7 Questions for Giving Criticism in a Godly Way

Giving and receiving criticism is never fun. IN fact, if it's done in the wrong way, it can leave lasting damage to the recipient as well as the relationship we have with them. That's why it's always important to approach criticism in a way that is glorifying to God and good for the other.

In an article that orginaly originally appeared in the Spring 1999 issue of The Journal of Biblical Counseling, (Vol. 17, No. 3), and was reposted on Peacemakers Ministries website, Dr. Alfred J. Poirier, lists a seven "heart attitudes" are necessary in giving criticism in a Godly manner. I've listed them here as questions to ask ourselves before talking with others.

Do I see my brother/sister as one for whom Christ died? (1 Cor. 8:11).
Keep on loving each other as brothers (Heb. 13:1).
Am I going as an sinner with an equal need of God's forgiveness and grace?
Are we any better than they? Not at all. For there is no one righteous...for all have sinned and fall short of the glory of God (Rom. 3:9,23).

Have I examined my heart know if my motives are correct?
All a man's ways seem innocent to him, but motives are weighed by the LORD (Prov. 16:2).
The heart of the righteous weighs its answers, but the mouth of the wicked gushes evil (Prov. 15:28).
A wise man's heart guides his mouth, and his lips promote instruction (Prov. 16:23).

Have I examined my own life and confessed my own sins first?
Why do you look at the speck of sawdust in your brother's eye and pay no attention to the plank in your own eye? How can you say to your brother, "Let me take the speck out of your eye," when all the time there is a plank in your own eye? You hypocrite, first take the plank out of your own eye, and then you will see clearly to remove the speck from your brother's eye (Matt. 7:3-5).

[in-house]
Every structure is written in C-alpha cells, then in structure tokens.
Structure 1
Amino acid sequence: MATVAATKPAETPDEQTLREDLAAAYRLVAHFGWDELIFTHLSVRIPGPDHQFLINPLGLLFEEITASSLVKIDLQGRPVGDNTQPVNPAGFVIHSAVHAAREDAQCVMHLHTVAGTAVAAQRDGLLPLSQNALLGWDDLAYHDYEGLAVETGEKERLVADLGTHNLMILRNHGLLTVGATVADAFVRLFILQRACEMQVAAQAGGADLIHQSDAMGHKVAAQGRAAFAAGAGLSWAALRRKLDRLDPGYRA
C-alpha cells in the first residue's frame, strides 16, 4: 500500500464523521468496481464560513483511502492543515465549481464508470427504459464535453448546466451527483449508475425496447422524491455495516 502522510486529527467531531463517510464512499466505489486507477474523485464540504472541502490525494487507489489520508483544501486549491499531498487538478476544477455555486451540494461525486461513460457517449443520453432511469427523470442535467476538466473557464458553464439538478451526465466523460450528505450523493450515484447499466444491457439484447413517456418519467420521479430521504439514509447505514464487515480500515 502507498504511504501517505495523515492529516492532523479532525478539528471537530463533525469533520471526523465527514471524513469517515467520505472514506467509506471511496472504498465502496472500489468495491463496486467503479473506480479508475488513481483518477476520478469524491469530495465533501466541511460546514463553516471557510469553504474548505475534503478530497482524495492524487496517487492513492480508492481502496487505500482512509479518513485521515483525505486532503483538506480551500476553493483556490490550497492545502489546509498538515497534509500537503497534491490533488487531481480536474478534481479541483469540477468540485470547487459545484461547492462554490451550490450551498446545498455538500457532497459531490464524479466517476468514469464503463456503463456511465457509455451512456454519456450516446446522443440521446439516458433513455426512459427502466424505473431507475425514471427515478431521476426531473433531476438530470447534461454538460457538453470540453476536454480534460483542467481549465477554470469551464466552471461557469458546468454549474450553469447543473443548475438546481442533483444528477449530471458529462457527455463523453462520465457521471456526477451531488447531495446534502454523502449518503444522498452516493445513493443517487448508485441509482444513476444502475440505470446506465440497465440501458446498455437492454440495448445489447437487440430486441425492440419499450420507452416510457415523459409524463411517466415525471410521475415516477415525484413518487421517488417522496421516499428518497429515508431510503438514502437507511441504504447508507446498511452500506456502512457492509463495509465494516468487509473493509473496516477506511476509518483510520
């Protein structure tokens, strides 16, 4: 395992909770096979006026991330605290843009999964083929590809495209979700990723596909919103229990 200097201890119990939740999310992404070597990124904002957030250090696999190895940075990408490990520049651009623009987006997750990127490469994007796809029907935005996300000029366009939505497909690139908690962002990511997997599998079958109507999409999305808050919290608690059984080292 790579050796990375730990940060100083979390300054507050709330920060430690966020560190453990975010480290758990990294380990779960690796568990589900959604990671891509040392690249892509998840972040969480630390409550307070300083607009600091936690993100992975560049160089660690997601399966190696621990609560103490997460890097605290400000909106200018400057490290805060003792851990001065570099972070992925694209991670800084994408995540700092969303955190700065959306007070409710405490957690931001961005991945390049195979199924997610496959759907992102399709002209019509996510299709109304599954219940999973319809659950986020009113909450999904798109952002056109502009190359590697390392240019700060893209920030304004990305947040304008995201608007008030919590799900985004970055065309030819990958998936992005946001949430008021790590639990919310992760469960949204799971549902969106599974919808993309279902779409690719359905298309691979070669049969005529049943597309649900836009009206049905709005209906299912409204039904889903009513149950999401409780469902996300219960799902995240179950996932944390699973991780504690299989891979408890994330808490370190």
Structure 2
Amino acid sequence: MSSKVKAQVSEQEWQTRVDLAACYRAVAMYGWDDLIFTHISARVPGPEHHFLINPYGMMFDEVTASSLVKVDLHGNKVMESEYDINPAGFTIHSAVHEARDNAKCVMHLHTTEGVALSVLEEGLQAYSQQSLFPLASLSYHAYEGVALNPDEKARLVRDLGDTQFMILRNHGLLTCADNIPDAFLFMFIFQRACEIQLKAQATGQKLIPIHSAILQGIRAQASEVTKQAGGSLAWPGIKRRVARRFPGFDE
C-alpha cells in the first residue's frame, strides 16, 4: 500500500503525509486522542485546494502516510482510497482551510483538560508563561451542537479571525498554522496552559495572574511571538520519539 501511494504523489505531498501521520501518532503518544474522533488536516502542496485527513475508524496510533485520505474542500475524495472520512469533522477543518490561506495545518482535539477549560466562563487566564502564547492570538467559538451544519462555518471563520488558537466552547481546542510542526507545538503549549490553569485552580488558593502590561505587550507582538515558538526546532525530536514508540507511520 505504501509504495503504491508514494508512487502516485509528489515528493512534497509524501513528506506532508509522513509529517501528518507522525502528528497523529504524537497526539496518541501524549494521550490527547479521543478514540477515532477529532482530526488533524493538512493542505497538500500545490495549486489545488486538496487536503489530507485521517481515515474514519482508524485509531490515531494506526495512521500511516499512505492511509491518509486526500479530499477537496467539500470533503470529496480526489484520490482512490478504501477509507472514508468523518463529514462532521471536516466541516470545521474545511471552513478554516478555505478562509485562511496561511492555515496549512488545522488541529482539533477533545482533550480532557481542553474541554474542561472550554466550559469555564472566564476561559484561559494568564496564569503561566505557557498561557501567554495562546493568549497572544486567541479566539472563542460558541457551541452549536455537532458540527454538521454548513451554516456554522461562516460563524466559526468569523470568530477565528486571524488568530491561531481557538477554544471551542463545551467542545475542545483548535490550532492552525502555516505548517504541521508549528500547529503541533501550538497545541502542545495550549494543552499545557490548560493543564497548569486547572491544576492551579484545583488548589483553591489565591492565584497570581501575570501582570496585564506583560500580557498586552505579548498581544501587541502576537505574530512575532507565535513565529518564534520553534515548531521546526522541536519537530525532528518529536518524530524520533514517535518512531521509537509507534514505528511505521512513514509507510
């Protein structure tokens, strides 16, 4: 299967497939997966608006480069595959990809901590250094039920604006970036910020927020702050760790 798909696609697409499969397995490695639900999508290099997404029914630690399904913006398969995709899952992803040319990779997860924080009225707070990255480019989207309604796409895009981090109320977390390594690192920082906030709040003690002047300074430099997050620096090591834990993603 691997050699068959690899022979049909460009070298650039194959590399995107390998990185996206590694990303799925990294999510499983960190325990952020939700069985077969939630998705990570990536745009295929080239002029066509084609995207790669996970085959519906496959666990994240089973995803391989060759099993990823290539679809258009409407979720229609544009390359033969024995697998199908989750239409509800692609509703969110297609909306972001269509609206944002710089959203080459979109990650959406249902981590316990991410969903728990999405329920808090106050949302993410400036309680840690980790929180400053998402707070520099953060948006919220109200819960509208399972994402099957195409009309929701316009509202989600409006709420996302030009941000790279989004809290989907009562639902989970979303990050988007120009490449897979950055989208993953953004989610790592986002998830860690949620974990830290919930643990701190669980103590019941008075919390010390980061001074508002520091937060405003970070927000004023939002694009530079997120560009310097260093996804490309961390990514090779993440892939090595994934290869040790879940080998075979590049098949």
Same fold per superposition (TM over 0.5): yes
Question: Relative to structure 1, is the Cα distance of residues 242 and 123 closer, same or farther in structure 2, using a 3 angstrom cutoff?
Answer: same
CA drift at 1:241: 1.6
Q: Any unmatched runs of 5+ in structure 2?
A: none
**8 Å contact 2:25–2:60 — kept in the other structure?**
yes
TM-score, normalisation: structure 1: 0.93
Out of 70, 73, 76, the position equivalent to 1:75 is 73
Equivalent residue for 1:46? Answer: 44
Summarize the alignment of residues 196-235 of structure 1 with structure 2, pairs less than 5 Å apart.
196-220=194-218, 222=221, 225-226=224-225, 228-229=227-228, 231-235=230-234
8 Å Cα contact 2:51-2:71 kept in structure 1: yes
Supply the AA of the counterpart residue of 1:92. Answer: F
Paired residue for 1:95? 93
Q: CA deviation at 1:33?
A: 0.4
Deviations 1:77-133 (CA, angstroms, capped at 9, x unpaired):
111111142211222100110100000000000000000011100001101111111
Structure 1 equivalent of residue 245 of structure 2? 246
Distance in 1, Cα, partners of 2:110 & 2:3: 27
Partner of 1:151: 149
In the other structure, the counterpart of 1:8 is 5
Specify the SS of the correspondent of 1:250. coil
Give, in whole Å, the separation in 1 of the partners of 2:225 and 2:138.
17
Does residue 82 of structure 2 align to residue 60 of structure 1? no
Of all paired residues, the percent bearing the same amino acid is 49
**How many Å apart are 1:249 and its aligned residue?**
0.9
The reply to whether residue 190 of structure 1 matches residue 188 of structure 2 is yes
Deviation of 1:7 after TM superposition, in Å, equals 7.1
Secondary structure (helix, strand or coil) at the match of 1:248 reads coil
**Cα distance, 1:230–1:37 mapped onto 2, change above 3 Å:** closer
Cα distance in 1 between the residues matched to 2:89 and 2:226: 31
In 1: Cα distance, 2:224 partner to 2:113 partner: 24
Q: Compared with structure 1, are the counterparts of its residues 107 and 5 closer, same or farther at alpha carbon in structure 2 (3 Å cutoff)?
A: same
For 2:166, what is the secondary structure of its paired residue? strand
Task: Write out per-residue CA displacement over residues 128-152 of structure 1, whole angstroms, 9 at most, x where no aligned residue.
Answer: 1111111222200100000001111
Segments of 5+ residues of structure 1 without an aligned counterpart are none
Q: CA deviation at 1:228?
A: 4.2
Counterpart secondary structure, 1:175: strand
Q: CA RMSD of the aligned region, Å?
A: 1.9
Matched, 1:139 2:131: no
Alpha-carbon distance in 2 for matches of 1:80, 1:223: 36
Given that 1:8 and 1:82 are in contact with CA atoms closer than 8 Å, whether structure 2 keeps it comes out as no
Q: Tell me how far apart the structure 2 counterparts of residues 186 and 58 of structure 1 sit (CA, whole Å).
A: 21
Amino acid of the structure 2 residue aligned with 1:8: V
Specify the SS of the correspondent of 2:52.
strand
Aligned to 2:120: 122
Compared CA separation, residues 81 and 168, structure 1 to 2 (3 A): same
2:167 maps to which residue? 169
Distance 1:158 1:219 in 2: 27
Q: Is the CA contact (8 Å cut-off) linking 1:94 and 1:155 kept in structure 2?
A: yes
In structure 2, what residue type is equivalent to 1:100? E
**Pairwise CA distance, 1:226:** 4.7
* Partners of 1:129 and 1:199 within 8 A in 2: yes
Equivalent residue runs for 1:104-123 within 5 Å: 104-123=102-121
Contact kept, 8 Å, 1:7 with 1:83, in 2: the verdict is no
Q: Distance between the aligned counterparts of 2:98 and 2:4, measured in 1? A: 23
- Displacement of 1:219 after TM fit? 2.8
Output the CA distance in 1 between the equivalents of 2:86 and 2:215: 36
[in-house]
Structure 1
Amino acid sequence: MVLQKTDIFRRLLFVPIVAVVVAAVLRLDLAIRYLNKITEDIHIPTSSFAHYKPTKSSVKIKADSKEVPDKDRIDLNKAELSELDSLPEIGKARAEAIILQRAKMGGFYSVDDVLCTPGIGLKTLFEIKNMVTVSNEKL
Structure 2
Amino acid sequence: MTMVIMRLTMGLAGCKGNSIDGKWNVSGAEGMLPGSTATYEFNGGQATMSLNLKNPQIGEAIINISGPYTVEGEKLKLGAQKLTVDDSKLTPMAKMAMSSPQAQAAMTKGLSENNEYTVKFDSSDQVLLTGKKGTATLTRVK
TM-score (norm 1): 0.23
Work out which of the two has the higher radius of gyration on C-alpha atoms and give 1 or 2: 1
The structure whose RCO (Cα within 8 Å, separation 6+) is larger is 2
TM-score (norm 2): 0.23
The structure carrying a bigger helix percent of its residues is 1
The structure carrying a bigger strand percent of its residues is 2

Am I willing to be patient with the person I approach, and stay in it for the long haul? (Eph. 4:2).
Love is patient, love is kind. It does not envy, it does not boast, it is not proud. (1 Cor. 13:4).

Is my goal to build up through constructive criticism, instead of condemning by debating points?
Do not let any unwholesome talk come out of your mouths, but only what is helpful for building others up according to their needs, that it may give grace to those who listen (Eph. 4:29).
Can I correct and rebuke my brother/sister gently, in the hope that God will grant him/her the grace of repentance even as I myself repent of my own failures through His grace?
And the Lord's servant must not quarrel; instead, he must be kind to everyone, able to teach, not resentful. Those who oppose him he must gently instruct, in the hope that God will grant them repentance leading them to a knowledge of the truth... (2 Tim. 2:24-25).

Read the entire article here.